Students participating in WMU-Cooley's Study Abroad program in Australia and New Zealand are learning a lot Down Under. Right now they are learning about their parliamentary institutions of democracy. We sometimes take for granted the democratic balance of power and the branches of government in the United States. Yet robust democracies around the world have made different choices in their governance.
While in Melbourne, Australia, their rules of government came to life for our law students by visiting Victoria's Supreme Court, Parliament, and Government House. Melbourne is the capital of the Australian State of Victoria, the second-largest state in Australia. The current state of Victoria was first a British colony, and it established its own Parliament, Court system, and Governor. In that system, the members of Parliament were elected, the Governor was appointed by the Queen, but in consultation with the Prime Minister, and the judges were appointed by the Prime Minister. Systems have evolved over the past century and a half to create meaningful separation of powers between these branches of government.
Three beautiful buildings were constructed during the Victorian era to house the people who ruled Victoria: the Supreme Court of Victoria, built in 1841; the Victoria Parliament, built in 1856; and the Government House, home of the Governor General and executive staff, built in 1876. The buildings were constructed quickly, and gold mined by Chinese immigrants provided lush highlights in the interior rooms. The scale
of the buildings are grand - built at a time when horse and carriage traveled through the grounds - they are spacious and airy. Students study daily at the graduate law center of Monash, located just a block away from the Victoria Supreme Court. The building is open to the public, and students often enter the domed law library or walk the halls of the Courts. A portrait of Marilyn Warren-Victoria’s first woman to serve as Chief Justice of the Court - hangs in the library there, but students might just bump into her at Monash, because after her recent retirement from the court she teaches at the downtown centre. Students tour Victoria Parliament - once a colonial Parliament, now one of six federal states - this building served as a temporary site for the first federal Parliament in Australia from 1921 to 1927. Students tour on days parliament is not in session - allowing them to sit in the members’ chairs and see up close the chambers, while tour guides explain how the legislative body works.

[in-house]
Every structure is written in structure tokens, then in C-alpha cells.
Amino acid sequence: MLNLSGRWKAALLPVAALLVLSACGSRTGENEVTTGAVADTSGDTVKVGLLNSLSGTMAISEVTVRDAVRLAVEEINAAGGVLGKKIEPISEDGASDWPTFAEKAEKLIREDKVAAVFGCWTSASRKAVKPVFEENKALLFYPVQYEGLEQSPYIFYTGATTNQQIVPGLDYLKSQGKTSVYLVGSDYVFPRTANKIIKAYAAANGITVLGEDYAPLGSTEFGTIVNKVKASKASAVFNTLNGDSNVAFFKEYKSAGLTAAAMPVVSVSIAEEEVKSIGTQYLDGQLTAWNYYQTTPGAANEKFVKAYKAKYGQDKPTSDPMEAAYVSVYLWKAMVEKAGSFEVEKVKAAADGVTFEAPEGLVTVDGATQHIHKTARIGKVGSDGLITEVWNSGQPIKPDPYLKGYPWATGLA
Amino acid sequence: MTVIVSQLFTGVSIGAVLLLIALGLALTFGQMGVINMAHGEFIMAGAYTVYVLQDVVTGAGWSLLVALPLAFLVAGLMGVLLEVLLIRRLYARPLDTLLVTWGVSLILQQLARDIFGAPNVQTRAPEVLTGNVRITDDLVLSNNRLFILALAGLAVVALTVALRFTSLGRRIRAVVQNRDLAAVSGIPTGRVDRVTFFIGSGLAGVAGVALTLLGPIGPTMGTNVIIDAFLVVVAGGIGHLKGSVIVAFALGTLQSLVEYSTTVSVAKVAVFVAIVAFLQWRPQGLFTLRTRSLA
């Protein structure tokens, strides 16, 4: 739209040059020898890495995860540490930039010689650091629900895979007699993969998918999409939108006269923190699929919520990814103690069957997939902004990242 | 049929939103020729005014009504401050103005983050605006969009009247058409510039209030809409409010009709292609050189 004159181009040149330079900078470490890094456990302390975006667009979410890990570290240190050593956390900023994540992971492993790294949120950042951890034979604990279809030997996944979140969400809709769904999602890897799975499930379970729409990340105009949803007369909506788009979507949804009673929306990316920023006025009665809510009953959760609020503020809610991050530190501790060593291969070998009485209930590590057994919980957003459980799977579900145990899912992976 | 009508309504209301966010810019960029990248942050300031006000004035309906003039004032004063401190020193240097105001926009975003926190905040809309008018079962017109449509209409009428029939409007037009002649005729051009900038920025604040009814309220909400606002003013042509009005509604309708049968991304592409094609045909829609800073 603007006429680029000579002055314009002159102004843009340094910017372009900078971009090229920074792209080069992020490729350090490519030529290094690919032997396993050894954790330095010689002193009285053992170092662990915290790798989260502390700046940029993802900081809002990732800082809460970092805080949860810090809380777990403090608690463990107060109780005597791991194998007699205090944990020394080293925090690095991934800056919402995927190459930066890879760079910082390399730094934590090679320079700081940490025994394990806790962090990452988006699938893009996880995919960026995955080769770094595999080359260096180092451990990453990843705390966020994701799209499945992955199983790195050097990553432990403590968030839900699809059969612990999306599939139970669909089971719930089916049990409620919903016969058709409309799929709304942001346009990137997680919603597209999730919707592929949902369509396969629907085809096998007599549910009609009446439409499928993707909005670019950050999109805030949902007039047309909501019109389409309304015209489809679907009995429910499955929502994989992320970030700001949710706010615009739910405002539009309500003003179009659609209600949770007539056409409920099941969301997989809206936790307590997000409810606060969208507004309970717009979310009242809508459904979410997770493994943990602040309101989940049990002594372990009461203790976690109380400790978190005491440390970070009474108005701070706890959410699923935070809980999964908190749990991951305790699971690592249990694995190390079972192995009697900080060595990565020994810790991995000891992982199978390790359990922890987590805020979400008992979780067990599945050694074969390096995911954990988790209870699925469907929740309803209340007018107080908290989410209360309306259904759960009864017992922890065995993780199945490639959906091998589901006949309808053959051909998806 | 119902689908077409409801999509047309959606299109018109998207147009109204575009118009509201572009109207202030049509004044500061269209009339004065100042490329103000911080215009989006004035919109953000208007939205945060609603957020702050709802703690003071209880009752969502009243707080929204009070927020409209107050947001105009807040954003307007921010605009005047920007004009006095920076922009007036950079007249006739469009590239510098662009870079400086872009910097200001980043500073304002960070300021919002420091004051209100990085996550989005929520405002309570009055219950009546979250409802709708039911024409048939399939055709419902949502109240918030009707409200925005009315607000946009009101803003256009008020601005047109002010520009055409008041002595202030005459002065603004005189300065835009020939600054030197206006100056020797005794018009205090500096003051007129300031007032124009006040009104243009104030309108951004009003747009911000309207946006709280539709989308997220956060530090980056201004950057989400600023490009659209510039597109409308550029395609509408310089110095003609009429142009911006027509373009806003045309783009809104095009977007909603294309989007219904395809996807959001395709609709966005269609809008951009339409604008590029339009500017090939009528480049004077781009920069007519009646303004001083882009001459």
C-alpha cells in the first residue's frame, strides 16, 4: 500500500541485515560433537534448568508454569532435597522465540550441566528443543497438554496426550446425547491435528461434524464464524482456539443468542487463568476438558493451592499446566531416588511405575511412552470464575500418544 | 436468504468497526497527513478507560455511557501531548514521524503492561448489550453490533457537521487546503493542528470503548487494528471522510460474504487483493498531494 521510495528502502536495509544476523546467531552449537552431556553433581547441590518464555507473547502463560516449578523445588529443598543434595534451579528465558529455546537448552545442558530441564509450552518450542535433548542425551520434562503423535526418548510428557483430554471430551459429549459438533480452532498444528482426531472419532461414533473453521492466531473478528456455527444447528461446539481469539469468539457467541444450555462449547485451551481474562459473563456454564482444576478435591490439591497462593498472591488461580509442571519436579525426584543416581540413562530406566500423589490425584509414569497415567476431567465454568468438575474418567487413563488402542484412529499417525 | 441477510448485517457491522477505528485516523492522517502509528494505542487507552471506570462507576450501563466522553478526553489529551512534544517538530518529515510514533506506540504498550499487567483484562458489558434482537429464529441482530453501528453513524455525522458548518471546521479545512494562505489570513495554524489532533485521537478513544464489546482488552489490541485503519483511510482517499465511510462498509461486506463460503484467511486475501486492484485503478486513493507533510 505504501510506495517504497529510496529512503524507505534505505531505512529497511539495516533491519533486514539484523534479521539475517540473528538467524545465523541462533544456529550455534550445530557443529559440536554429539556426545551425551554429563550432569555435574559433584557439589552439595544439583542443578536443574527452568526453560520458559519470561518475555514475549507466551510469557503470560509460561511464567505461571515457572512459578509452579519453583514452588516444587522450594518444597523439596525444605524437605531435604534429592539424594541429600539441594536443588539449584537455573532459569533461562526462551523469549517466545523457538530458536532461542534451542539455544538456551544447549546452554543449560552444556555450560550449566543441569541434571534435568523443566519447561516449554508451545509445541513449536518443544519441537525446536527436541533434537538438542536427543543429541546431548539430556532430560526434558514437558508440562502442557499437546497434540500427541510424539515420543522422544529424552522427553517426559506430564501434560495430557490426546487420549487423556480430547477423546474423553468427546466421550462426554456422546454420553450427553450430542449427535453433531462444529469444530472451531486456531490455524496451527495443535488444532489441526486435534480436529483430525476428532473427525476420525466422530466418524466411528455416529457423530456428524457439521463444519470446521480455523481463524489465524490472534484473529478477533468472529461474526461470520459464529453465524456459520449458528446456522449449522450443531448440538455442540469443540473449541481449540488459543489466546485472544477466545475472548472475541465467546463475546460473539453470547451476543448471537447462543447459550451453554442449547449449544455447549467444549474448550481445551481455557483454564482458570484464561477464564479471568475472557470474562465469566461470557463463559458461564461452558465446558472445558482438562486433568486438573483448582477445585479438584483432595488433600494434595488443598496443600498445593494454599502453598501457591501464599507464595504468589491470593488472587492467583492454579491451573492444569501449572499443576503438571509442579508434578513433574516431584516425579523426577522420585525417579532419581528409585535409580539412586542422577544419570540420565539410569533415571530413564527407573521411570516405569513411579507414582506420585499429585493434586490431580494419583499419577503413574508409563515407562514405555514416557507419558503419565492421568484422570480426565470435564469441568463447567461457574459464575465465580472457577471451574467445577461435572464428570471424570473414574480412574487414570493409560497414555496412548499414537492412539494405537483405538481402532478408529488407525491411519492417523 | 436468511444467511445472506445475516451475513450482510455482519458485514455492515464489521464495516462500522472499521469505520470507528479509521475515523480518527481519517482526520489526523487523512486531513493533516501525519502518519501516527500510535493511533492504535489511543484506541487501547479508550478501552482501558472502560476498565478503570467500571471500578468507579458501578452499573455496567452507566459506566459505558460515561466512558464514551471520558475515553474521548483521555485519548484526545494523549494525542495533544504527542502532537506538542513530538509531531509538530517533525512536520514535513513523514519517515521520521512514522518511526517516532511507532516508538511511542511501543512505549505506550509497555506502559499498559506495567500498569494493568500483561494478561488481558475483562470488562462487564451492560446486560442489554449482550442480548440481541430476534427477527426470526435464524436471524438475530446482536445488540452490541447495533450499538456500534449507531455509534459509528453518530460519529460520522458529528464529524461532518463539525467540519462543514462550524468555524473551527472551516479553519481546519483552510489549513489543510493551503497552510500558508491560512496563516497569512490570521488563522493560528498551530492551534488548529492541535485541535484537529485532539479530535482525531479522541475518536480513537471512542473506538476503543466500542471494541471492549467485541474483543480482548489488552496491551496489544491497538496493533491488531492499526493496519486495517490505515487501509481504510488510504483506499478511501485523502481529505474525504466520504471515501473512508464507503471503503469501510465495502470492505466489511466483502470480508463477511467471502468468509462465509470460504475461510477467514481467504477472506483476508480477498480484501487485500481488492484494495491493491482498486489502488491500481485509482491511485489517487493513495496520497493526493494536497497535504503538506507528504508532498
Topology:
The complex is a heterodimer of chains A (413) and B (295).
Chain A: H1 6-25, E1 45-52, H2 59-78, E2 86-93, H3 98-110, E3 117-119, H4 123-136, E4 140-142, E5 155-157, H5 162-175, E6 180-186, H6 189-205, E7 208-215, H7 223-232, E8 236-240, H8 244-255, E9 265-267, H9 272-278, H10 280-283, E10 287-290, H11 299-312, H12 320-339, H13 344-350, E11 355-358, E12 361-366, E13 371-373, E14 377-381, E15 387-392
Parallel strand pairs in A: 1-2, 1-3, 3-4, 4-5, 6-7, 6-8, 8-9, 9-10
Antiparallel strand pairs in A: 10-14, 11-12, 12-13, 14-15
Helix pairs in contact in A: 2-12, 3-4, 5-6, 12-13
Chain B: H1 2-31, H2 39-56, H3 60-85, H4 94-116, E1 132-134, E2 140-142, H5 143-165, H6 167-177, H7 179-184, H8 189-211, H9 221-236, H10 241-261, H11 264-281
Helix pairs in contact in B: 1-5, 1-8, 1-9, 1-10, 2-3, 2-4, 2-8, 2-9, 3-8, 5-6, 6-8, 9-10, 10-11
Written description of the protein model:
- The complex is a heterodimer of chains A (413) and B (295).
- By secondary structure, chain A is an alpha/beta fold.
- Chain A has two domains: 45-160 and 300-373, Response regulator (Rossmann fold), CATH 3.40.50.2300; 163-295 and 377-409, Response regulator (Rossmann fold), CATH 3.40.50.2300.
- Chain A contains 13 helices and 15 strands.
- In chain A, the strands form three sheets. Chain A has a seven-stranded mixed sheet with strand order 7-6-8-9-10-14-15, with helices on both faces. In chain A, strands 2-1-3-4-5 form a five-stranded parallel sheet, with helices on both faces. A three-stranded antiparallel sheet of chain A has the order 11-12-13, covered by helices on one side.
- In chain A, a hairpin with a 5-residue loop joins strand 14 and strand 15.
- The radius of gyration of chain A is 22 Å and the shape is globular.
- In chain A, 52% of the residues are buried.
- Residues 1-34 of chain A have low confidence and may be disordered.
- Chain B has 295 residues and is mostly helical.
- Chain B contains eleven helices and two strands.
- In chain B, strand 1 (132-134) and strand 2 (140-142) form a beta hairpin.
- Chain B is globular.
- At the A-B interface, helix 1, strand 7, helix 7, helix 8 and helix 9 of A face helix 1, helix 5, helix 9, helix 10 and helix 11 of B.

The current Victoria Governor, Linda Dessau, is the first woman to hold that position in Victoria. Her husband, former judge Anthony Howard, personally guided a tour of Government House for our students. He told them about the community work he and the Governor are involved in, and how they have opened to house to people who have not traditionally walked through the vast and ornate rooms. He described centenarians who dined at the table that seats more than fifty people, and immigrant women who cook food from Government House gardens, serving their traditional cuisines. Mr. Howard engaged the students in a conversation about their views of Melbourne and their own future careers. More than words on the page, the institutions in this vast country have come to life while our students study abroad.
WMU-Cooley Law School Professor Kimberly E. O’Leary is directing the law school’s Study Abroad program in New Zealand and Australia. She and her students are sharing their experiences during their study abroad experience down under.